Harper Connolly Mysteries #3
A review by Steve Cameron
Harper and Tolliver are invited to Doraville, North Carolina, to look for a missing boy. It doesn’t take her long to find him – along with seven other boys, all buried in the same location and all victims of a serial killer. Reluctantly the local police are forced to admit Harper isn’t the fraud they believed her to be. Soon Harper is attacked and injured, and with her recovery forcing her to stay in town longer than she’d planned, she starts to learn of Doraville’s dark secrets.
This book actually is darker than the previous two. The manner and motives of the murders are quite different to the previous deaths Harper and Tolliver have encountered. The gory details of the serial killings even reduce Harper to vomiting. And while the plotline of this novel held me more than the previous two, I found the sudden romantic and sexual relationship between the step-siblings not only distracting, but unrealistic and perplexing. A large number of readers have been repelled by the building (almost incestuous) relationship between characters that were raised as brother and sister.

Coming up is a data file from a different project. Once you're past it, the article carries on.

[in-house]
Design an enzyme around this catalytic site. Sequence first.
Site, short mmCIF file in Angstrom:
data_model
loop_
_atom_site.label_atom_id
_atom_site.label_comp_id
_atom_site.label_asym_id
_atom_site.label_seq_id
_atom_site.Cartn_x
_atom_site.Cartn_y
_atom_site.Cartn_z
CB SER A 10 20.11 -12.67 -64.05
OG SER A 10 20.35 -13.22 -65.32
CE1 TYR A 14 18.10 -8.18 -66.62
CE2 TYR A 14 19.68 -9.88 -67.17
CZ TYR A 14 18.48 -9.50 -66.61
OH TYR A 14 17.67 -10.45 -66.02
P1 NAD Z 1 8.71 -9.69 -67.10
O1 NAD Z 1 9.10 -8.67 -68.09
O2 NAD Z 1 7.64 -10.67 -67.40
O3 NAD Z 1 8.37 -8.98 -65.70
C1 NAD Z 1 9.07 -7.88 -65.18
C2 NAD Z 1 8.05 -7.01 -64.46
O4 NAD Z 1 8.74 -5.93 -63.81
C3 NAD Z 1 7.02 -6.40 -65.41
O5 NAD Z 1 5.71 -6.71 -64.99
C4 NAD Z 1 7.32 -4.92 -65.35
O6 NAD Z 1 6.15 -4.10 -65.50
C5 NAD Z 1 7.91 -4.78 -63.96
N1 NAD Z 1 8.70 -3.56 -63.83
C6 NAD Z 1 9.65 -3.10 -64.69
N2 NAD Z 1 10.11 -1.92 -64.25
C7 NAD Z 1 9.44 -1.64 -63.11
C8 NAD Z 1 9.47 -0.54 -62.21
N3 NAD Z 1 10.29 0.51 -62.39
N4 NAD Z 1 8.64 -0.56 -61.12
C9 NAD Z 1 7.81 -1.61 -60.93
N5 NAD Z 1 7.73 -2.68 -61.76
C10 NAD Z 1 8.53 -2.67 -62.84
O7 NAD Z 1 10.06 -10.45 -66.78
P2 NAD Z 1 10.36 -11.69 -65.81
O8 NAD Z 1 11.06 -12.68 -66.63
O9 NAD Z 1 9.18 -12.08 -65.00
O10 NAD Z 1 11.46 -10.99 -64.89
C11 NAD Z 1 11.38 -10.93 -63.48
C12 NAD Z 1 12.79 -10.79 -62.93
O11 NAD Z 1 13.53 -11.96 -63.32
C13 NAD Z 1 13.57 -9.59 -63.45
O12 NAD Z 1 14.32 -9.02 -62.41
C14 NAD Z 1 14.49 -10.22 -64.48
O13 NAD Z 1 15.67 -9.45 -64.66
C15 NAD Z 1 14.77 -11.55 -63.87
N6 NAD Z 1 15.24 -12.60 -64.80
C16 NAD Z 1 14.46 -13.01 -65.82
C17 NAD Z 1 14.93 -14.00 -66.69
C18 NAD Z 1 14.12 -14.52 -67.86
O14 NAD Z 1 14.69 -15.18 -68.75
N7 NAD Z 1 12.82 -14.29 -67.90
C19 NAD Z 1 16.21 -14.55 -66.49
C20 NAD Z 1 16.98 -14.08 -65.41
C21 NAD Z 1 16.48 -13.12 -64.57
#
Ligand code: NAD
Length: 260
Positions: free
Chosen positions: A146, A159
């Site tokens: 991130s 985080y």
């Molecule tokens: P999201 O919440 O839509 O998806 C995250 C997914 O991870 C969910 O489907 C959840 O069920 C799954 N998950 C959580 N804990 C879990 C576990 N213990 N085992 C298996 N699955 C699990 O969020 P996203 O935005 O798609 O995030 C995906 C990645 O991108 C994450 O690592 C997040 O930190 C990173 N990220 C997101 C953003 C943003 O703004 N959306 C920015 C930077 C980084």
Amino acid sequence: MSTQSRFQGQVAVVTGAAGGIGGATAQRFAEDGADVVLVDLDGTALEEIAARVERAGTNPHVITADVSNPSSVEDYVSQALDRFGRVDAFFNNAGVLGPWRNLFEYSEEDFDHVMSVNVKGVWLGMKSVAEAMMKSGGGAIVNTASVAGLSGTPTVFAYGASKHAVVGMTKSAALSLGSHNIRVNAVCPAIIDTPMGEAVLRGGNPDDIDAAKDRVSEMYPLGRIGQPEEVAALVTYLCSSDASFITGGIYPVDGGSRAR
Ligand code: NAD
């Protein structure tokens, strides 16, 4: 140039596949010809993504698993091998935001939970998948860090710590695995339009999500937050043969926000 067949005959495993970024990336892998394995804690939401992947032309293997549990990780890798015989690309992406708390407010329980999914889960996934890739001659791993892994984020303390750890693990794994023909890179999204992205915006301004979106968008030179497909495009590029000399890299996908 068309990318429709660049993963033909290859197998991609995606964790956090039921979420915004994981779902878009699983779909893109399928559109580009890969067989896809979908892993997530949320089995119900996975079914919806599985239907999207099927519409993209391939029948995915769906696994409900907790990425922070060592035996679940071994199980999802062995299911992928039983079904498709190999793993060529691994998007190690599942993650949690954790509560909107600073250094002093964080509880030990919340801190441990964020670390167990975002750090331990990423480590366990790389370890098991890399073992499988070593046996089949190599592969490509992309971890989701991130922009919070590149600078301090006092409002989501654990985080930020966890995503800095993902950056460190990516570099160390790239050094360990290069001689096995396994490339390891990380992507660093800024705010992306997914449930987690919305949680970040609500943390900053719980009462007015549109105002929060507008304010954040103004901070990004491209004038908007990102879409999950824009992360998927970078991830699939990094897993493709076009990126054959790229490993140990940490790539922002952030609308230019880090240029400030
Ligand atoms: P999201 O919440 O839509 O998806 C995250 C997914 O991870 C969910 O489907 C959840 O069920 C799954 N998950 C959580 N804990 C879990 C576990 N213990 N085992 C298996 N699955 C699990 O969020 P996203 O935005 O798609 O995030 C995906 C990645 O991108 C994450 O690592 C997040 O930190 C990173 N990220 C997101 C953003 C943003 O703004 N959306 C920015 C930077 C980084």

Harris again describes all the background to Harper and Tolliver’s past, their successful lawyer parents that suddenly became drug addicts reducing them to a trailer-trash, bizarro Brady Bunch existence, the ubiquitous accusations of pimping and whoring by townsfolk over the fees charged for Harper’s talents, the disappearance of her sister many years ago, the fractured relationship with the rest of their families, and the strange manner in which Harper received her gift. We got all this in both previous books. And again Harris spends pages describing the mundane, taking showers, eating, sleeping and the like.
I was very close in my guess as to who was responsible for the killings and the motives, but once again there was little in the way of actual clues. There were, however, a cast of characters complete with red herrings that wandered in and through the pages. I can’t help but think that a shorter, stronger book might have emerged with some serious editing.
Still, this is the best of the series so far.
Another quick and easy read for a holiday destination, a long journey, or just a lazy afternoon when you don’t want anything too heavy.
This review was previously published in Dark Matter issue 2, January 2011, and predated on this website to reflect the original publication date.